There are many things a woman choosing to terminate a pregnancy will likely consider, and even worry about.
In rural communities like Princeton, until just recently, those concerns would have included locating an abortion provider, making an appointment, arranging travel and possibly accommodations, missing time from work or school and fears surrounding privacy. In some cases it might have meant financial hardship.
Last week the province announced a significant improvement in women’s health care – the abortion drug Mifegymiso will be available at no cost, in pharmacies, requiring just a prescription by a doctor or nurse practitioner.
The decision makes it easier for women to make choices about their health. It is a positive move that will result in abortion being safer, less expensive, and easier to access.
There are eight abortion clinics in BC, four in the Lower Mainland, one each in Victoria and Kelowna, and two in the Kootenays.
A woman living a rural area, who has neither car nor bus fare, is unlikely to use one.
Also, while clinic abortions can be obtained without a doctor’s referral, the wait time for an appointment can be up to three weeks. Some of the clinics offer only surgical – as opposed to medical (drug induced) – abortions.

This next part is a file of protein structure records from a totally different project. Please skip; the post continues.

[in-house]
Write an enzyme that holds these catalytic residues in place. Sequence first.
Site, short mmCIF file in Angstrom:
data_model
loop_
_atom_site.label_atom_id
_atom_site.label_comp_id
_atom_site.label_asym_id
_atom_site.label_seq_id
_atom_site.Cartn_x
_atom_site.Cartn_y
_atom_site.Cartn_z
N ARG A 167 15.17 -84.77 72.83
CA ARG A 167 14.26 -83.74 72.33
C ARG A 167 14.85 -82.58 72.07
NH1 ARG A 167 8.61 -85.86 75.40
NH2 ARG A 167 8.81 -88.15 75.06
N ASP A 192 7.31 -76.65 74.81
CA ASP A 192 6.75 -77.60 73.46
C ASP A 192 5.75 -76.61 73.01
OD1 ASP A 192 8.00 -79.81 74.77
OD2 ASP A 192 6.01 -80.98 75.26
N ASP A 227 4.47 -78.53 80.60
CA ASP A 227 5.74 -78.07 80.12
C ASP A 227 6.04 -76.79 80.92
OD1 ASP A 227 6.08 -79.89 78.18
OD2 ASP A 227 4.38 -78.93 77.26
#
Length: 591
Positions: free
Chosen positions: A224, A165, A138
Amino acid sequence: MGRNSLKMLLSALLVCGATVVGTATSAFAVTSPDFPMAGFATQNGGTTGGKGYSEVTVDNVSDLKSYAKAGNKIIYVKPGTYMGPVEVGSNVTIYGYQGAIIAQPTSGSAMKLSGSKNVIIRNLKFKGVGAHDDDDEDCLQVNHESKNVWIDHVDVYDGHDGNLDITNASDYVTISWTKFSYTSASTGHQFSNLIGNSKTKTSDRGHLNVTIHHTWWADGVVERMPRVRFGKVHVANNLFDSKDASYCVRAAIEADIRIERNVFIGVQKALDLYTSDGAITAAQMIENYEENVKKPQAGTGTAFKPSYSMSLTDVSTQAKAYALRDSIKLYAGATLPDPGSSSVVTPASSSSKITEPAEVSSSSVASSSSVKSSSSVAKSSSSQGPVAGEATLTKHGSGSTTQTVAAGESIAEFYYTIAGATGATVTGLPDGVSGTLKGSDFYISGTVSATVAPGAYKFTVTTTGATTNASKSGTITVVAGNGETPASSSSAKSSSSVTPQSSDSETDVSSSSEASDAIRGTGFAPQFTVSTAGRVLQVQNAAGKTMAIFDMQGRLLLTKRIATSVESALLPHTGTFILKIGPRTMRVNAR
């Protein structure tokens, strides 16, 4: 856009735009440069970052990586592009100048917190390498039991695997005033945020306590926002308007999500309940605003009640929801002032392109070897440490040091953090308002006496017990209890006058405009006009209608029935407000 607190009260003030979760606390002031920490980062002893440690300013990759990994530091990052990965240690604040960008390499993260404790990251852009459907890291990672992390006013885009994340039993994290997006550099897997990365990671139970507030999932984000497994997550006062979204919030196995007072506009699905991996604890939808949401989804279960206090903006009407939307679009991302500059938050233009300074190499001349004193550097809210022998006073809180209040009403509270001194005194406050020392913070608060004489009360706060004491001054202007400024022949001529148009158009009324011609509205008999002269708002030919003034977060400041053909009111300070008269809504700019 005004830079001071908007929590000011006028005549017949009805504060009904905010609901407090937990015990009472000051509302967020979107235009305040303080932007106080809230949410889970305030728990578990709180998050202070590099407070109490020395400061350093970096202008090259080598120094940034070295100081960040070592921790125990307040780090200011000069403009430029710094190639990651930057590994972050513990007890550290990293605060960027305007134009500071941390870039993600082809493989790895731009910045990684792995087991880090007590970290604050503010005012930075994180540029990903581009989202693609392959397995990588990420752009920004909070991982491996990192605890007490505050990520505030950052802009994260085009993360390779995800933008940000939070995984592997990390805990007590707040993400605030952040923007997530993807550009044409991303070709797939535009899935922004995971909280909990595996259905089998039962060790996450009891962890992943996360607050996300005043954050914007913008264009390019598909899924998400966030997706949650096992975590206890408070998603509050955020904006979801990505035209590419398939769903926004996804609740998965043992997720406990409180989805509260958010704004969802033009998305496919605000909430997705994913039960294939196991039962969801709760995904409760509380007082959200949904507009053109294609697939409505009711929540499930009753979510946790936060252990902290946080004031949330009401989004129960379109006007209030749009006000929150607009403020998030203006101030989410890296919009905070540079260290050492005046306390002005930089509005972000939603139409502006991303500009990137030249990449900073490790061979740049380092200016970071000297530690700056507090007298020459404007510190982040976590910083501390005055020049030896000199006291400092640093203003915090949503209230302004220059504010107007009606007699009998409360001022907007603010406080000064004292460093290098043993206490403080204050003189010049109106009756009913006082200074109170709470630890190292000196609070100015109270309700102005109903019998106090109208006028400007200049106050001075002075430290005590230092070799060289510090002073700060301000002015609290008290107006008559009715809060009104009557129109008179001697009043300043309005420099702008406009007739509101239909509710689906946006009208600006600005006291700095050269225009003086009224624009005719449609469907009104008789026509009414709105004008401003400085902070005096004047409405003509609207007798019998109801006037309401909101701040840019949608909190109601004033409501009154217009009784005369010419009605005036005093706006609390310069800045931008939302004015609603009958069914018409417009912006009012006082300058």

Thirty of the province’s more than 100 hospitals also perform abortions – they are required by law to offer the procedure – however there is no public list of facilities.
Last year Interior Health provided The Spotlight with the following statement about local access to abortion:
“Abortions are a core health service funded by the province, and as such, Interior Health has a medical responsibility to provide service and ensure that patients who make this choice have reasonable access to the service.
While we make this service available, we do not disclose where this service is provided including naming hospitals. This is in keeping with requirements under the Freedom of Information and Protection of Privacy Act, and protects individuals’ right to privacy and the safety and security of staff and patients. Anyone who is seeking information about abortion is encouraged to speak to their health care provider.”
In other words, while an abortion has not been illegal, it has been somewhat difficult and complicated to obtain, especially for women living outside large centers.
Mifegymiso will be available, for free, beginning January 15, 2018.
It can be used in the first nine weeks of pregnancy, in the comfort of a patient’s own home.
Mifegymiso will allow women to terminate a pregnancy earlier, which is safer, and gives them the option to avoid surgery.
This gives women more choices, and that is a very good thing. – AD